When Yar read a posting in the Katuma Refugee Camp about Sudanese refugees being admitted to the United States, she jumped at the opportunity to change her circumstances. She applied for and was granted a visa to enter the United States. Not long thereafter, Yar and her brother were placed with a foster family in Brockton, Massachusetts. Survival quickly took on a very different meaning for Yar. If you missed the previous installment, you can read it here.
A young man greeted us at Logan Airport with a huge smile. Exhausted and hungry, I warily listened as he explained that he was a social worker who would introduce us to our foster family.
He spoke my language and shared that he, too, was from South Sudan, which immediately sparked my skepticism. After all, we had been warned that in America people try to kidnap children who do not know where they are going.
Having no choice, we followed him and soon thereafter met our foster mother, a young, kind woman from Liberia.
She brought us home to Brockton, Massachusetts, and we immediately fell into bed. Christmas came two days after our arrival, and the family treated us as one of them. We went to church on Christmas Eve and opened presents the following morning.
Overwhelmed, we slept lots. Rarely did we see our foster mom, who worked long hours seven days a week to support her family.
Little did I know that our true adjustment would come once school started.
Brockton High, with over 4,000 students enrolled, had five buildings, and I regularly found myself headed to class in the wrong building.
I felt lost all the time, even when I was in the right place.
Words sped past me at an incomprehensible pace, and often my classmates laughed at my confusion and my funny accent.
I made no friends and sat in the back of the room to hide my misery. The tears I shed as I left Africa returned. I cried for one and a half years.
Fortunately, my guidance counselor refused to give up on me. He checked in on me every day and did all he could to help me succeed.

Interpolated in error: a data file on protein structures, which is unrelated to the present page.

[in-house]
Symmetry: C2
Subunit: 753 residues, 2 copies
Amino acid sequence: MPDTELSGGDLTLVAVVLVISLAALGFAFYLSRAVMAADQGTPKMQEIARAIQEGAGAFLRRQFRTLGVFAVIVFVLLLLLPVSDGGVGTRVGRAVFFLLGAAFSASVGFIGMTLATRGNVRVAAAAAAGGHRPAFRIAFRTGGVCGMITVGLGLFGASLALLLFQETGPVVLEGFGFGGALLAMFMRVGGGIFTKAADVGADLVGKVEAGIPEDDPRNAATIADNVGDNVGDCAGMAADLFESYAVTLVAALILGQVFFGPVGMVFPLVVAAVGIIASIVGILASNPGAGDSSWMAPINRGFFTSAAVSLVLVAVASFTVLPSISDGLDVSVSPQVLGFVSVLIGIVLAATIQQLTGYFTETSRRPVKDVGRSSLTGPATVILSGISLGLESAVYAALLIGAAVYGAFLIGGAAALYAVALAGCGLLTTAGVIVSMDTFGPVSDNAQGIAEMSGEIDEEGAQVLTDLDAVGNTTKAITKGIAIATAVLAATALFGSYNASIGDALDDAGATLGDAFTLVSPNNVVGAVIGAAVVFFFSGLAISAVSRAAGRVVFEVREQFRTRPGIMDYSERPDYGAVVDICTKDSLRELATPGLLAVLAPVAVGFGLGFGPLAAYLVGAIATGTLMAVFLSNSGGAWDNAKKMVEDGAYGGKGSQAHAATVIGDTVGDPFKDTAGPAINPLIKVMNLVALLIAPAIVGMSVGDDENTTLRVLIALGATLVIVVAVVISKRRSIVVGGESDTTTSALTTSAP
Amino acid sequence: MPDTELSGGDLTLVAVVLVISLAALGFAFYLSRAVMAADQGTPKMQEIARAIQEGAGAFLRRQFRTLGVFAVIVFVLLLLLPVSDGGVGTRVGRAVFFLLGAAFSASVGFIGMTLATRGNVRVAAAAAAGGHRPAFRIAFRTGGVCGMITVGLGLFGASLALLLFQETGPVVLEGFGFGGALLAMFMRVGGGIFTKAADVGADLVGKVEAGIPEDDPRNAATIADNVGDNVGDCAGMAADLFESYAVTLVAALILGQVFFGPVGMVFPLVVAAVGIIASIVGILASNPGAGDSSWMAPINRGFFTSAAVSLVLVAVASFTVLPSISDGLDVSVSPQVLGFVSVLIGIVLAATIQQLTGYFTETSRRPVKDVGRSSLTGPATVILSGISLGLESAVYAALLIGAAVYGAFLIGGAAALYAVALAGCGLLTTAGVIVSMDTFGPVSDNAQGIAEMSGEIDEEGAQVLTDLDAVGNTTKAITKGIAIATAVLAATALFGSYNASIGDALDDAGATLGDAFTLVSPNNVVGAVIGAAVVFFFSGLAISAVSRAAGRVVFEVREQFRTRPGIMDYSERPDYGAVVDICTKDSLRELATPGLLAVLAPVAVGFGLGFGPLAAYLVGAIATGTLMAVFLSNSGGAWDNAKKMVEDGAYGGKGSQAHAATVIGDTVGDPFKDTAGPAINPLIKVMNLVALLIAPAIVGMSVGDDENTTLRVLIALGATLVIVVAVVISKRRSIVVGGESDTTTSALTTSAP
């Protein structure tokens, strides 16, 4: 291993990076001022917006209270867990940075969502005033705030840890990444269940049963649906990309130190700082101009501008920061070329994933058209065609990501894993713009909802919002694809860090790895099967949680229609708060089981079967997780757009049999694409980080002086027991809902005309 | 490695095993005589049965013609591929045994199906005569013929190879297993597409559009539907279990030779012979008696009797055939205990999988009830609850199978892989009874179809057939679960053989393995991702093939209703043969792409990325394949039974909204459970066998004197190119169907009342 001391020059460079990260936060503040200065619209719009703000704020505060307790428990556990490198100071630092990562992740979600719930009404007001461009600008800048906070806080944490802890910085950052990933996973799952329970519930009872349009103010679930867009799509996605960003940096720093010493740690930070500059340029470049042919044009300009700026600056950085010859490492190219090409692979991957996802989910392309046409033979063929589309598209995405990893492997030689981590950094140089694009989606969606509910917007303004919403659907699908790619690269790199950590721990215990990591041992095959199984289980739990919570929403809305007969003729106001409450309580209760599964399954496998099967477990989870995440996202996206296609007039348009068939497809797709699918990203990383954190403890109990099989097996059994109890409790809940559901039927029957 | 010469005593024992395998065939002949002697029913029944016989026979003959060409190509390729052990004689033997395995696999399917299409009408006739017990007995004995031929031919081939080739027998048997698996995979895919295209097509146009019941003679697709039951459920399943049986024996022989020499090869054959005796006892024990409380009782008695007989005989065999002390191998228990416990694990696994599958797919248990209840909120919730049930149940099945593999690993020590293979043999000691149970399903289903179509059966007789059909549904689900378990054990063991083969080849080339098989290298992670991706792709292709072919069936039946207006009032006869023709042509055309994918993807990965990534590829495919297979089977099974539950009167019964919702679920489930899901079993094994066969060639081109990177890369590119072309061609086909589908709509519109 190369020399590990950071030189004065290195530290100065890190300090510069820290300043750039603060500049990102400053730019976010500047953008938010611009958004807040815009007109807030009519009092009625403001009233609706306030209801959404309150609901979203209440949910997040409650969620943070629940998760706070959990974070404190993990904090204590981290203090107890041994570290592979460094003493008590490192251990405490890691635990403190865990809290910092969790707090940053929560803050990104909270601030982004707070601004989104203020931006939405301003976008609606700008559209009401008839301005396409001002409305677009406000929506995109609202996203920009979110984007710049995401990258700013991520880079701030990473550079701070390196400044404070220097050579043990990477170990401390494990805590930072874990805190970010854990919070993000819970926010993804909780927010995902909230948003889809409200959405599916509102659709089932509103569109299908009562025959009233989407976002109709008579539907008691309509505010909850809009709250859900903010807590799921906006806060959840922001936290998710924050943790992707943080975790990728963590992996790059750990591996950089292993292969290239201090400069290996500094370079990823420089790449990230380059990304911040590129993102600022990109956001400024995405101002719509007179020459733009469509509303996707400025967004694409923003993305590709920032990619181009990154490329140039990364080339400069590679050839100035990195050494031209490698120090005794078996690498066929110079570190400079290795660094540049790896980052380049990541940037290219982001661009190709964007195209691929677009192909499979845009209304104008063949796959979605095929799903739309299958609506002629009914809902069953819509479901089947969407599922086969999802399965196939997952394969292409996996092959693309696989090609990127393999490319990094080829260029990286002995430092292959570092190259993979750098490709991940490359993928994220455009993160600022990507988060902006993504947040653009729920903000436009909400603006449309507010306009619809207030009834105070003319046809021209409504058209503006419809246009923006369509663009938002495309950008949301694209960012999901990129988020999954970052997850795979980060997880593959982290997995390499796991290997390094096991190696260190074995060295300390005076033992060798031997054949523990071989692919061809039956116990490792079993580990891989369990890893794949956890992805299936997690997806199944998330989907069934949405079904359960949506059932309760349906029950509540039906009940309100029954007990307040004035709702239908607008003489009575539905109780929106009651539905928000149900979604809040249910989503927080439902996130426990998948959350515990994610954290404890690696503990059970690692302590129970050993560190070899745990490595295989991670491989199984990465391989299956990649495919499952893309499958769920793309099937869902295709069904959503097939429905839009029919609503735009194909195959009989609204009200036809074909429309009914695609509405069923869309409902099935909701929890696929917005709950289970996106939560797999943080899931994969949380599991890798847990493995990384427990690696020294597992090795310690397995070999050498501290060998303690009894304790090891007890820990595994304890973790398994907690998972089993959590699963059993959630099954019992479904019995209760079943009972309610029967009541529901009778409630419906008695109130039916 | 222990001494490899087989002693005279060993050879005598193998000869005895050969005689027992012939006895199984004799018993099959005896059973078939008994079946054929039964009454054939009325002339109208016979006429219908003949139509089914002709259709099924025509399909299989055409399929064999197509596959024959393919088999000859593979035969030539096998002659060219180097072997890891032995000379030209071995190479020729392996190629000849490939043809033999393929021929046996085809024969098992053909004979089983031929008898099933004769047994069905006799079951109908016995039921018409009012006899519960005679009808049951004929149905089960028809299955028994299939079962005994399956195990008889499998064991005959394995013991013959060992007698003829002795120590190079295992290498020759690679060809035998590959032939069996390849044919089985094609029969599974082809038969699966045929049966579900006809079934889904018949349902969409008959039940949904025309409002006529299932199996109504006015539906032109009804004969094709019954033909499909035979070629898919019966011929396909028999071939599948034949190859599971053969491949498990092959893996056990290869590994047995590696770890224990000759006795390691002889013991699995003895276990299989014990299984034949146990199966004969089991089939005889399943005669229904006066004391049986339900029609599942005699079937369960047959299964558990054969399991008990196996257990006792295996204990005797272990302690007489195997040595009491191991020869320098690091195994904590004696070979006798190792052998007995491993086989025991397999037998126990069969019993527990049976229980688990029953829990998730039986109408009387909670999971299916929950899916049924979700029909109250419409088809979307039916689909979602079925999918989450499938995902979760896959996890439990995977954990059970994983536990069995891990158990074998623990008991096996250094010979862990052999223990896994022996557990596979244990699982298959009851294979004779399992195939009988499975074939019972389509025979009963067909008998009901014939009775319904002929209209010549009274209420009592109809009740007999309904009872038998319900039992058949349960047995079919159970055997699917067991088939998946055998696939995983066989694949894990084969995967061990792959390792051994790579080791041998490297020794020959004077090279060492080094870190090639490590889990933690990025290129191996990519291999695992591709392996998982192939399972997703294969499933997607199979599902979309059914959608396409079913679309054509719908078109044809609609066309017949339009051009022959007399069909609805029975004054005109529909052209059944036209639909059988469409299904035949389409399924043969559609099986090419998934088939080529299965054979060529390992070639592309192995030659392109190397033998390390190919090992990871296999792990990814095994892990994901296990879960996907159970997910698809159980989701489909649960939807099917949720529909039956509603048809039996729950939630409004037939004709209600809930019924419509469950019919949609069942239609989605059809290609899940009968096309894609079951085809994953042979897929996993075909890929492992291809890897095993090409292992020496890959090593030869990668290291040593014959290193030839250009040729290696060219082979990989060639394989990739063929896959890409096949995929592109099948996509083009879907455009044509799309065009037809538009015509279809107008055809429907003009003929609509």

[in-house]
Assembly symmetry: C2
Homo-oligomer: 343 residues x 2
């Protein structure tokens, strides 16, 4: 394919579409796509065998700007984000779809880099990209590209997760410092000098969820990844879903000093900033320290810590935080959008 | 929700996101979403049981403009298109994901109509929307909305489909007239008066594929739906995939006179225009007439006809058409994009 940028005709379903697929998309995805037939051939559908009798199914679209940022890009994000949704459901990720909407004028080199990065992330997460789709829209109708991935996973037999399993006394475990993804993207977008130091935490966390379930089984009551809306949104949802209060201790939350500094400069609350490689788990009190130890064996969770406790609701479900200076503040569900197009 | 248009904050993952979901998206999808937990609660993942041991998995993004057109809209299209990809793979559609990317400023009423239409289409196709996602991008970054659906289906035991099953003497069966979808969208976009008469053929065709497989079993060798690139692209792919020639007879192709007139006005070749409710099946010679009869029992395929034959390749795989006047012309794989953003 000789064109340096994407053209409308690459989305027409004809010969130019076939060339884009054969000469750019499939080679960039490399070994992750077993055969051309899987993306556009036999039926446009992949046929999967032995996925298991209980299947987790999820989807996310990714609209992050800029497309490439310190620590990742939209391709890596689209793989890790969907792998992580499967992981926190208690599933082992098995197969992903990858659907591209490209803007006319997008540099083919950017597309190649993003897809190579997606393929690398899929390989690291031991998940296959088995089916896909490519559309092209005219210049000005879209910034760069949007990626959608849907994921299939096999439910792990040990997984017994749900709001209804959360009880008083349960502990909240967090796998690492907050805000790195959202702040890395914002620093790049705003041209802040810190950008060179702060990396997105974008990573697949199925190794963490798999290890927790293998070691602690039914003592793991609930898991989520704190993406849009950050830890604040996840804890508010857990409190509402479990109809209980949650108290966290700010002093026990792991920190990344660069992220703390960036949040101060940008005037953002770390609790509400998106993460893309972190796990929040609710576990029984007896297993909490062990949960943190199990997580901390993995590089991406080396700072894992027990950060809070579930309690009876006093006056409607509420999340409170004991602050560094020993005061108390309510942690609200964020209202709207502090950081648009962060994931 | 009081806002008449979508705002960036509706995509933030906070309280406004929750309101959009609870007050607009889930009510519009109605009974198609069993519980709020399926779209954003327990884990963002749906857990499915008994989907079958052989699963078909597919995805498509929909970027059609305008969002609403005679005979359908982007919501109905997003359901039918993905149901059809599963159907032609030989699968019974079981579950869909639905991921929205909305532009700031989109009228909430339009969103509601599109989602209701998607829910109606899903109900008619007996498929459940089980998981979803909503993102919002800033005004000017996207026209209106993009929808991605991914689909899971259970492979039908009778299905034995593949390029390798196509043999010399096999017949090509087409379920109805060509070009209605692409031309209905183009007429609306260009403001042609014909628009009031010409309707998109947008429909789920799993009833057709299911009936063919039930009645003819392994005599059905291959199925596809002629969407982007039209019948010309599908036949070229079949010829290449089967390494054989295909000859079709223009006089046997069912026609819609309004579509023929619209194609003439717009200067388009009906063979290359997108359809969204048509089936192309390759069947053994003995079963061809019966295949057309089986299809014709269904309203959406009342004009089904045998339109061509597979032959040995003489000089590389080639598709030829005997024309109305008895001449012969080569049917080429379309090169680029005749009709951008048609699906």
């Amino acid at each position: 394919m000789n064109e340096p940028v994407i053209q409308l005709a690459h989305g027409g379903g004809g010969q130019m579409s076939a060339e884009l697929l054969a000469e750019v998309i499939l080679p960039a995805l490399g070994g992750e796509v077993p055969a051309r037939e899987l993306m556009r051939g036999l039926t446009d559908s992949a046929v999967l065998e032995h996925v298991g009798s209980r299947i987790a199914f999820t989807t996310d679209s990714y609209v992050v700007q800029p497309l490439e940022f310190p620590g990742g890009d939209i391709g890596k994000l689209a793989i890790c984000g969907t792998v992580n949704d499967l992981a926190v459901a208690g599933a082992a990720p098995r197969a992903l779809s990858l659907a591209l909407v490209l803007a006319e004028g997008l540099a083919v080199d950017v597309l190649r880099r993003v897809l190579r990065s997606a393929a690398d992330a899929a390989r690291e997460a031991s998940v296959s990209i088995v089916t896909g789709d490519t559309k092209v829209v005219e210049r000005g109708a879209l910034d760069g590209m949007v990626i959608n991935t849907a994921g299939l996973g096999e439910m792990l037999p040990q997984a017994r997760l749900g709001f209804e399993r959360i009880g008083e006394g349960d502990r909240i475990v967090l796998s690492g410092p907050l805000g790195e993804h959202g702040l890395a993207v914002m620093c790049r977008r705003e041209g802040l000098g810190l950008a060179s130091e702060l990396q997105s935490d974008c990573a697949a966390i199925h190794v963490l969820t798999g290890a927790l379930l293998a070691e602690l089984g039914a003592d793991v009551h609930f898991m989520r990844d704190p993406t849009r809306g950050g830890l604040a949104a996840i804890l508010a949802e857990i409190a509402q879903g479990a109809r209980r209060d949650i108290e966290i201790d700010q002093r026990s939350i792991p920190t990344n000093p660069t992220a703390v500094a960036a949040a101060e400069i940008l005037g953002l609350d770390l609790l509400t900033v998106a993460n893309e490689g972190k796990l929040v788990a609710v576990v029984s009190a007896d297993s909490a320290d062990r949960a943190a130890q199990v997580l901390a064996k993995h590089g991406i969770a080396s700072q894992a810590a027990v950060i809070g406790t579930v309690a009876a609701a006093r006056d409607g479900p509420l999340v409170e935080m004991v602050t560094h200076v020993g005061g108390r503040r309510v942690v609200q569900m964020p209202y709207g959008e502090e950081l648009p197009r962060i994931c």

He was the one who noticed the sore on my hand. I had cut myself, but my foster father, stuck on the couch watching television as he often did, did not feel it warranted a doctor visit.
The cut subsequently became infected. The sore caught Mr. Minchello’s attention and he began to ask questions.
I had never complained about my new home; after all, I had a roof over my head and food in my belly.
The look on his face, though, as I answered his methodical questions, told me that he did not feel all was well. Before we knew it, my brother and I were moved to a new foster home.
Although we had been in America for half a year, we never felt at home, yet at the same time we thought we had adjusted.
Little did we know how significantly our circumstances were about to change—again.
Our new foster family waited eagerly for our arrival and met the car before it had come to a complete halt. They rushed to throw their doors open for us. Unhurried warmth and kindness marked their every action.
My eyes, wide with disbelief, saw a well-cared-for home, with art work and photos dotting the walls and their children’s drawings hanging proudly on the refrigerator.
Immediately, they made it clear we would be full members of their family.
We must learn as adults, and teach our children, to be kind to those who are different from us. How often have I judged a person’s behavior yet I do not know their circumstances? We must break down our prejudices, stop feeling uncomfortable or disgusted because our status quo is upset, and instead stand up for those we see wrongly treated and welcome them as if family.
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